Suspended All-Star guard Kyrie Irving is nearing completion on the process needed for a return to play and could rejoin the Brooklyn Nets as soon as Sunday's game against the Memphis Grizzlies at Barclays Center, sources told ESPN.
Irving missed his eighth consecutive game on Thursday night in Portland, but he is closing in on the end to his suspension after nearly two weeks, sources said.
"Kyrie is continuing his journey of dialogue and education," National Basketball Players Association executive director Tamika Tremaglio told ESPN on Wednesday night. "He has been grappling with the full weight of the impact of his voice and actions, particularly in the Jewish community. Kyrie rejects antisemitism in any form, and he's dedicated to bettering himself and increasing his level of understanding. He plans to continue this journey well into the future to ensure that his words and actions align with his pursuit of truth and knowledge."
Tremaglio and the union have worked closely with Irving, the Nets and the NBA in helping him to author his own remedies to end the suspension, sources said. What might have started out as a rigid list of prerequisites evolved into Irving himself taking ownership of the process, which is what the Nets and the league hoped would be the case, sources said.
Irving is carrying out a minimum five-game suspension without pay for his failure to initially apologize for and condemn his social media link to a film riddled with antisemitic material.
Irving's apology -- posted on his Instagram account hours after his suspension was announced on Nov. 4 -- came in the wake of two news conferences and a public statement issued with the Nets that didn't include an apology or a condemnation.
Irving has met with Nets owner Joe Tsai and commissioner Adam Silver individually, and both publicly said that they didn't believe Irving is antisemitic.
At the time of Irving's suspension, the Nets issued a statement saying his "failure to disavow antisemitism when given a clear opportunity to do so is deeply disturbing, is against the values of our organization, and constitutes conduct detrimental to the team."
In a memo to members of the NBPA on Friday, the union told NBA players that "Kyrie's rights, and the rights of all future players, have been protected at every turn," and added that the union "look[s] forward very soon to a resolution of all matters satisfactory to all parties."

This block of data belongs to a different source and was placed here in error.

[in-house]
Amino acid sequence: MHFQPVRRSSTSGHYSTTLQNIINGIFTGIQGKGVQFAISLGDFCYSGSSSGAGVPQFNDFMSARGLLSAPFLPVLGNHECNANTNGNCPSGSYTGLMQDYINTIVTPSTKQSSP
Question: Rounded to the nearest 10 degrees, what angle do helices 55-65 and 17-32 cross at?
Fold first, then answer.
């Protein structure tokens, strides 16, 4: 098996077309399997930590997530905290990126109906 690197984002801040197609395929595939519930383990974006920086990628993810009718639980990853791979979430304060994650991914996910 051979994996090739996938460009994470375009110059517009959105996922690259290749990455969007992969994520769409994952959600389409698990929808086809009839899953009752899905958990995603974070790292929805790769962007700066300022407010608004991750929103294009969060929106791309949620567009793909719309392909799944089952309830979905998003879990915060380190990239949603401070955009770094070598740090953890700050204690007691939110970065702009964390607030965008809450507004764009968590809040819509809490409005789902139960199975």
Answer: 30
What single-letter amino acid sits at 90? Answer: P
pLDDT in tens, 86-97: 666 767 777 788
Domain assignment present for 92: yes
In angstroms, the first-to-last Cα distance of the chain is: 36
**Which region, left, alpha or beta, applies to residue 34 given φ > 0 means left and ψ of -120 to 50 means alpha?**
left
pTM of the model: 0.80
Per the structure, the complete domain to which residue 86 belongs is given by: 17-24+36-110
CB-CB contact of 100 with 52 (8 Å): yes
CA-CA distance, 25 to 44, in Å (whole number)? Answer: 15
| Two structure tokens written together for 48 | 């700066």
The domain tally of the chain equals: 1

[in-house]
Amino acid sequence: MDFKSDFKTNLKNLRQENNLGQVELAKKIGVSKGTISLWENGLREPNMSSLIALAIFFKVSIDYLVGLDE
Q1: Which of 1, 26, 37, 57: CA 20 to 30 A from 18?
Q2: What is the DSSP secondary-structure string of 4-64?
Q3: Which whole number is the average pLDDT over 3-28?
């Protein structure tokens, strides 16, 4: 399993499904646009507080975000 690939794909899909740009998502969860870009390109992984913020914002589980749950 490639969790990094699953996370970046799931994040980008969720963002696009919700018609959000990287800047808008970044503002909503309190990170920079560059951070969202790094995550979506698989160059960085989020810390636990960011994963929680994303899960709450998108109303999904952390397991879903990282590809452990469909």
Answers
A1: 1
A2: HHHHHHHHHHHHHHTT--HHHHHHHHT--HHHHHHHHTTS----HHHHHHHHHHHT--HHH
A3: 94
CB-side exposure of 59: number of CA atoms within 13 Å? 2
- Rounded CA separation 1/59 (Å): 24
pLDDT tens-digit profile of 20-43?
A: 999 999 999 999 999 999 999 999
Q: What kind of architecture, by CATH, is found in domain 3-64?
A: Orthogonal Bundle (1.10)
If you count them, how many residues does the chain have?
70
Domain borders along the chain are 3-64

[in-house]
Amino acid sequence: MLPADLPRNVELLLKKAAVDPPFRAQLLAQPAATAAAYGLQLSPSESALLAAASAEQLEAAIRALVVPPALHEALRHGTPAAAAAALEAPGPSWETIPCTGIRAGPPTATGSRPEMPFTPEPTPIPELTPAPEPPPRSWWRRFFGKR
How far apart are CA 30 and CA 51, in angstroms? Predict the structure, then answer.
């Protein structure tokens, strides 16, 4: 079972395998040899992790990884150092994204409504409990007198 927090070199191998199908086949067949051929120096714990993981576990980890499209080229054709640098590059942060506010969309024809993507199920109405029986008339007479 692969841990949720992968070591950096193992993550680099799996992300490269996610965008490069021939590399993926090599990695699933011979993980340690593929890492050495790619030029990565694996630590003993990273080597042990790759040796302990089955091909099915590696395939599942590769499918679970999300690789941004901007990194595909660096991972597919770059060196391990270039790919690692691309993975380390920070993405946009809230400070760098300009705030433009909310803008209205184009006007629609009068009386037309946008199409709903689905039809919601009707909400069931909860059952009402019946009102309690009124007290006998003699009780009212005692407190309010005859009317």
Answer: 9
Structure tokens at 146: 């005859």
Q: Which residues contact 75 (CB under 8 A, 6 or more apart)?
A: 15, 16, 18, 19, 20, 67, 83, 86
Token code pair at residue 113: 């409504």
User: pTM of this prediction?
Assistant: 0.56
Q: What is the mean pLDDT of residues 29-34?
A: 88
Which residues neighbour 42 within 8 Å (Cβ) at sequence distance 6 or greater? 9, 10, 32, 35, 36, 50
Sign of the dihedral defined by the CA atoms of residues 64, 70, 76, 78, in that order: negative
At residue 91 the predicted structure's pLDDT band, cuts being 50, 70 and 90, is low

The NBPA described the recent meetings as an "effort to deepen understanding and open clear lines of communication among all parties."
The Nets are 4-3 without Irving during his suspension, including a 153-121 loss to the Sacramento Kings on Tuesday night. Brooklyn is 6-9 overall, 5.5 games behind first-place Boston in the Eastern Conference standings.
"It's exciting for everybody. We miss Ky, miss his presence out there on the floor. Hopefully it's soon," Kevin Durant said Thursday. "I haven't talked to him since we've been on the road trip about it, or the last couple days about it. I'm looking forward to his return to the team. Definitely going to give us a much needed spark."
Durant is confident that it won't take Irving long to find his rhythm again and believes Irving's return will give the group an emotional lift.
"It's different playing pickup and then working out and then also playing an NBA game so I'm sure he'll need a quarter or two to get back into the swing of just the game again," Durant said. "But that's more so just the conditioning aspect. He's a veteran so I'm sure he can handle that."
Irving, 30, is averaging 26.9 points, 5.1 rebounds and 5.1 assists for the Nets this season.